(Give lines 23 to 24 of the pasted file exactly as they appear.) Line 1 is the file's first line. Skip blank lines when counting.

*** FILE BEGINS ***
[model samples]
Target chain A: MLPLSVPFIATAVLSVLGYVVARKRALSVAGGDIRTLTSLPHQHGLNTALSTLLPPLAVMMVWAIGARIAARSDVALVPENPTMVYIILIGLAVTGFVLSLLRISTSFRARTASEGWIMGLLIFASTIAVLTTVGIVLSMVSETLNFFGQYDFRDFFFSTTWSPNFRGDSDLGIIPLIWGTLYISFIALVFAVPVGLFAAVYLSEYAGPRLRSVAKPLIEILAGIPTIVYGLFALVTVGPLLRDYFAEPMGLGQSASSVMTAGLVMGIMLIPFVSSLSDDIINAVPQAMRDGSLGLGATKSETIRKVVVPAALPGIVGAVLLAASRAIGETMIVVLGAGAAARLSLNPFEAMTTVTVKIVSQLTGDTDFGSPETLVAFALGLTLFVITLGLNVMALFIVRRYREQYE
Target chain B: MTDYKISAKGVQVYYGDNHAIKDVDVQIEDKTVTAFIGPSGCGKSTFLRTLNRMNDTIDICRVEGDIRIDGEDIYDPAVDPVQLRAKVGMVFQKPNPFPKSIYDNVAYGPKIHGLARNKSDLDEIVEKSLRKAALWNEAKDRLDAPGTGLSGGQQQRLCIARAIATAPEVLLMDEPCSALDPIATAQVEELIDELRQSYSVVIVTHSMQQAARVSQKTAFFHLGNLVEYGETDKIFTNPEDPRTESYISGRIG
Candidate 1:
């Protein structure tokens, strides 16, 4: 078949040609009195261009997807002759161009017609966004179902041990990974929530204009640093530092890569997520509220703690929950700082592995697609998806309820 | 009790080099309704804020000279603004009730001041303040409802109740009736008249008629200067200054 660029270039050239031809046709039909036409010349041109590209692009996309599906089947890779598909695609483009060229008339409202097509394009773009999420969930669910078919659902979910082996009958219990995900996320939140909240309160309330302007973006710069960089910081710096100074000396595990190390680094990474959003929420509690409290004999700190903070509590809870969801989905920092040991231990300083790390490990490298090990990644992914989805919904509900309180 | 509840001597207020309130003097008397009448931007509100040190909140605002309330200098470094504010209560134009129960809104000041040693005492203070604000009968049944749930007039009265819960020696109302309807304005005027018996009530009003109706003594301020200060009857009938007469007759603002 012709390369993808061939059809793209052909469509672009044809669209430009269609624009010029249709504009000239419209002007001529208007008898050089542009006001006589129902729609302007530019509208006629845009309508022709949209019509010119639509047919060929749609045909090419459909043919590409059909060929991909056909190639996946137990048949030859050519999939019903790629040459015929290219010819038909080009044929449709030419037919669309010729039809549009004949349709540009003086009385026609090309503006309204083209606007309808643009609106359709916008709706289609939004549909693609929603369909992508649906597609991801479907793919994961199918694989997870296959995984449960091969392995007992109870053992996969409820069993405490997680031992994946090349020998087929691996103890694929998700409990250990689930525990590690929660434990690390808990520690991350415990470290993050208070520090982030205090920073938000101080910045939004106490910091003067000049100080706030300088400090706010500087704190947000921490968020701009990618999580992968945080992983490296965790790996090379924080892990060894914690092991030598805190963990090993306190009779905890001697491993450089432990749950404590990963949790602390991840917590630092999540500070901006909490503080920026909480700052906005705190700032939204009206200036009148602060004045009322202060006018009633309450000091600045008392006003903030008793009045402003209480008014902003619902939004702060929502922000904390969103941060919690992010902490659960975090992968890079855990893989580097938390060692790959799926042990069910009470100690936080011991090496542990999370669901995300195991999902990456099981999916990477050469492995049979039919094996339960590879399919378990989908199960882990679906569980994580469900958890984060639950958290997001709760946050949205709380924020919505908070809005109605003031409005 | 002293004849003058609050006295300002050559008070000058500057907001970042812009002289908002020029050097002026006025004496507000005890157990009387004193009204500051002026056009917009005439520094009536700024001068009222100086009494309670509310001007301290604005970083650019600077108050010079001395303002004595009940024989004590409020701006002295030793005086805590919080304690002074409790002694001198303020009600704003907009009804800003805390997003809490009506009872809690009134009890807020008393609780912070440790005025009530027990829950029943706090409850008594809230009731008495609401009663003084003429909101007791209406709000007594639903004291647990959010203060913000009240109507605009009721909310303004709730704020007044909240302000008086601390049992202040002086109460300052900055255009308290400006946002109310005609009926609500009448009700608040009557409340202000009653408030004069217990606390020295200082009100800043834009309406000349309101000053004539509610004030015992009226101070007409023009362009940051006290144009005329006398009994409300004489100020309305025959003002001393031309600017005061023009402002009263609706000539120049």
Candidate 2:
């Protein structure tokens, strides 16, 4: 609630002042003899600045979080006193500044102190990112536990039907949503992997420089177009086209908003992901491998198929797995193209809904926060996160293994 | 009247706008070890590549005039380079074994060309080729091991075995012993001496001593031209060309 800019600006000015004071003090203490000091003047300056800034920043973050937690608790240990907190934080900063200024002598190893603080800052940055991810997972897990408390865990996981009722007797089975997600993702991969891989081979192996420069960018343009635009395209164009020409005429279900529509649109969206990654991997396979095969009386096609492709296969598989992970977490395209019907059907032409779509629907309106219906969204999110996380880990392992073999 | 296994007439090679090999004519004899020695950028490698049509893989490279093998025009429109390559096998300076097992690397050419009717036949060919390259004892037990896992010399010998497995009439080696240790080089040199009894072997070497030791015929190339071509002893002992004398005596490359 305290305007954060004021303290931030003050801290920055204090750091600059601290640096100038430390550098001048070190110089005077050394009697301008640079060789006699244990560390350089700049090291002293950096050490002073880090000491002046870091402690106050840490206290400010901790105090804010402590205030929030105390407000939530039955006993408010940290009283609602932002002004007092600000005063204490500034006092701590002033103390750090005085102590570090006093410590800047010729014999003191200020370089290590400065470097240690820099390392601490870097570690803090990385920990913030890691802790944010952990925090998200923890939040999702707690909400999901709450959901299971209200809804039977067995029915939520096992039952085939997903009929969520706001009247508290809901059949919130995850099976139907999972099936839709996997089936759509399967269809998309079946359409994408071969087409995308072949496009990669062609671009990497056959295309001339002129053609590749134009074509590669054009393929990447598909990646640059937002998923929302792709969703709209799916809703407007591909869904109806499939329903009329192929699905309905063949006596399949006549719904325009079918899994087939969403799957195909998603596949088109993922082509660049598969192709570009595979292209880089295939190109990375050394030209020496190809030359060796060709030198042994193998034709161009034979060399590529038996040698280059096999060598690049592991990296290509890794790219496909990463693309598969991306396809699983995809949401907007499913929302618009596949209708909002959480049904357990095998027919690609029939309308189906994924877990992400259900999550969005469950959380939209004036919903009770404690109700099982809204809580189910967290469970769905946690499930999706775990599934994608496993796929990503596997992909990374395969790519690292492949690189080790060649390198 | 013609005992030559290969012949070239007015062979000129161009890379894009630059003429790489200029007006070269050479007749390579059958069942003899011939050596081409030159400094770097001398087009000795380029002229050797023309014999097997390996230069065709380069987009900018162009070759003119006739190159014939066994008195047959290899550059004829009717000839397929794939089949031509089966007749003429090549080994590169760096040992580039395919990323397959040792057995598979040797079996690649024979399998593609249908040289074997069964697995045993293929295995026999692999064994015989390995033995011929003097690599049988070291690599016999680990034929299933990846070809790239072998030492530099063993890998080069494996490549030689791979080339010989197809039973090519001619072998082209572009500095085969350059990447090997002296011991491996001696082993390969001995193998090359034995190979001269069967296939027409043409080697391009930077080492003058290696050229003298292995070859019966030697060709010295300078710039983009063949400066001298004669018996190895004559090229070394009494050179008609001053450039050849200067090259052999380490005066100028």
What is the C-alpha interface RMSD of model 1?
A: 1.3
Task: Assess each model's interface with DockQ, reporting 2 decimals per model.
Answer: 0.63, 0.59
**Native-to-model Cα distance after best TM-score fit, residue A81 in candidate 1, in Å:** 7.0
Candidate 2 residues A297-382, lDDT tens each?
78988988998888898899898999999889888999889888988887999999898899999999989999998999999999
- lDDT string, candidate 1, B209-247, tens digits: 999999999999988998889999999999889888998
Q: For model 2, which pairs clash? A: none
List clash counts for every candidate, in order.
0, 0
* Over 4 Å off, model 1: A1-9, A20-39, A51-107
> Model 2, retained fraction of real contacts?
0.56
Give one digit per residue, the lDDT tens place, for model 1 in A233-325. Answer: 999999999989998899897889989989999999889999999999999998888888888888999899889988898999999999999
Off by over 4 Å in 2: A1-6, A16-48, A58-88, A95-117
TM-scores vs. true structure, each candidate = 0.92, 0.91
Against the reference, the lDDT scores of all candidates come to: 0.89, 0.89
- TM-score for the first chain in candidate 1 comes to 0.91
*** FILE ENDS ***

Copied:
Off by over 4 Å in 2: A1-6, A16-48, A58-88, A95-117
TM-scores vs. true structure, each candidate = 0.92, 0.91